Bitwage has announced the beta launch of a new service that allows employees and independent contractors to receive part of their paycheck in bitcoin, even if their employers don’t offer the option.
In an interview with CoinDesk, chief strategic officer Jonathan Chester emphasized how the BP(i) product brings a new twist to existing bitcoin payroll solutions landscape, noting the broad reach of Bitwage's solution when compared to the available alternatives.
Chester suggested, however, that the main value proposition for bitcoin payroll services remains the same across the industry. While many merchants have adopted bitcoin processing services, he explained, it remains difficult for bitcoin users to obtain bitcoin in an easy and secure way.
Furthermore, Chester added that the Bitwage service would appeal to individuals whose employers may not be open to the idea of paying wages in bitcoin or offering it as an added service through a bitcoin-friendly payroll provider such as Zuman or Incoin.
To enroll in the service, Bitwage users need to first contact their employer or payroll provider to list Bitwage's corporate account as a secondary account for wage payments. Users thereby authorize part of their paycheck to be transferred to Bitwage, converted to bitcoin and sent to their wallet of choice.
“What users are doing is ... setting the percentage of what they want to be in one bank account versus the other,” said Chester. “They can say they want 10% or 50% of their paycheck in bitcoin, and then pick their wallet of choice.”
On payday, Chester explained that funds are sent via direct deposit from the employer to the employee’s designated account for Bitwage. From there, a wire transfer is sent to Bitwage’s partner marketplace, Centralway Ventures-backed Buttercoin.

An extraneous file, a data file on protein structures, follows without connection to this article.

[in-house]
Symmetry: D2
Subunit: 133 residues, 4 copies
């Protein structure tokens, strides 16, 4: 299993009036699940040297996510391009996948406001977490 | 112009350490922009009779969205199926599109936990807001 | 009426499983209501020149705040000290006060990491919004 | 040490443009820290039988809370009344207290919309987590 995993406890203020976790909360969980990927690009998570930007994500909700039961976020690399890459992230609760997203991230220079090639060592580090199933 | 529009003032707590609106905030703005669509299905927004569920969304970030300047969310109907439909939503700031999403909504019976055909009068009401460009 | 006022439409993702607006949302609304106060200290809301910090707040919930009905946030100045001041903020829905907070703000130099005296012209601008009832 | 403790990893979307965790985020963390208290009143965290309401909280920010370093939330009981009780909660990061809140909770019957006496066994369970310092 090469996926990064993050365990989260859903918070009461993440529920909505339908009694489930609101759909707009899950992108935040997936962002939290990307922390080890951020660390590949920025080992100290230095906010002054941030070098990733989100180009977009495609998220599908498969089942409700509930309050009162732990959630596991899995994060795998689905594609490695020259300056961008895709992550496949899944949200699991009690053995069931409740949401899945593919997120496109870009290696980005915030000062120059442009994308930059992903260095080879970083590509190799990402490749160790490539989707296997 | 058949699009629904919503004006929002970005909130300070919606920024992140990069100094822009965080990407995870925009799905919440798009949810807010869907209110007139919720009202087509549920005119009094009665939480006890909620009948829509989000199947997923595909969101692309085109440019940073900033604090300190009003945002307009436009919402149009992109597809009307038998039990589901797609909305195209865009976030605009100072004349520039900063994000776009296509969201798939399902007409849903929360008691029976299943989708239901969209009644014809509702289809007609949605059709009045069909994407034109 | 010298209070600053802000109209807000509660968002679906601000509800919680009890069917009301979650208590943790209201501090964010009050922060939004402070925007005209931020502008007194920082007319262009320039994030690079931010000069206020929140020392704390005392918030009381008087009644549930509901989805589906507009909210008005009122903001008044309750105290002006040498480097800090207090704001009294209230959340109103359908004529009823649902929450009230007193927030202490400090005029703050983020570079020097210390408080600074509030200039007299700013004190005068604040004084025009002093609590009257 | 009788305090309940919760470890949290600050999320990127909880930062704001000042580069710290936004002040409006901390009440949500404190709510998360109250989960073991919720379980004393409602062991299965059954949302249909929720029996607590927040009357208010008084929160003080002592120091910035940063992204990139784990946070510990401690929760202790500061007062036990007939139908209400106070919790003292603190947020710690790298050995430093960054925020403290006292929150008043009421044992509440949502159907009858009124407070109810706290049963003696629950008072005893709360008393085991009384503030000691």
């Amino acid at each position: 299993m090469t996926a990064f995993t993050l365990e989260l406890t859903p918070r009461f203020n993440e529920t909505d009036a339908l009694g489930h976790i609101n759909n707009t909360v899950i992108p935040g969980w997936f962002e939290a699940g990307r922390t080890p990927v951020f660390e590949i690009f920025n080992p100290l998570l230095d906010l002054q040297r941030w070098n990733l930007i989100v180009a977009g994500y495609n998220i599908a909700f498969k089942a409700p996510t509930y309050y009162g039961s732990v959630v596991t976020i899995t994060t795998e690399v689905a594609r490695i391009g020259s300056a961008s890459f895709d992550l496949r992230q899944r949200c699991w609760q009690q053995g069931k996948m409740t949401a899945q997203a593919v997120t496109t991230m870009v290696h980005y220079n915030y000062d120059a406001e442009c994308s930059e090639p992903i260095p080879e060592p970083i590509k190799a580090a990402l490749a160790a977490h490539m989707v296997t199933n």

These funds stay in US dollars on the exchange until the next day, at which time the funds are converted to bitcoin and distributed. Bitwage will allow employee and employer users to receive capital gains reports through the firm's partnership with Gocheto Financials, a New York-based bitcoin advisory firm.
A full overview of Bitwage's terms of service can be found here.
Refining the service
Chester suggested that Bitwage is still seeking to perfect its product and already has a plan in place to improve the speed of the service. Several factors hold up the process, he explained, including the slow speeds of the automated clearing house (ACH) payment services it relies on to move funds from traditional bank accounts.
To offset the chance for volatility during the delay period, Bitwage is offering its service for free while in private beta. Although this will change with the formal launch, Chester indicated the firm will seek to keep fees low once the service does monetize through partnerships that allow Bitwage to obtain competitive pricing.
“In the future we will be partnering with more than just one exchange, to go with the best exchange rate for our clients off of all those exchanges,” Chester said.
Additionally, Bitwage may seek to cap the fees for users of its individual payroll service, although he stressed that any plans for the monetization of the offering are in their early stages.
Correction: A previous version of this article stated that users connect their own bank account to Bitwage's service. Users must instead add Bitwage's corporate account as a secondary bank account with their employer or payroll provider.
Disclaimer: CoinDesk founder Shakil Khan is an investor in BitPay.
Payday image via Shutterstock
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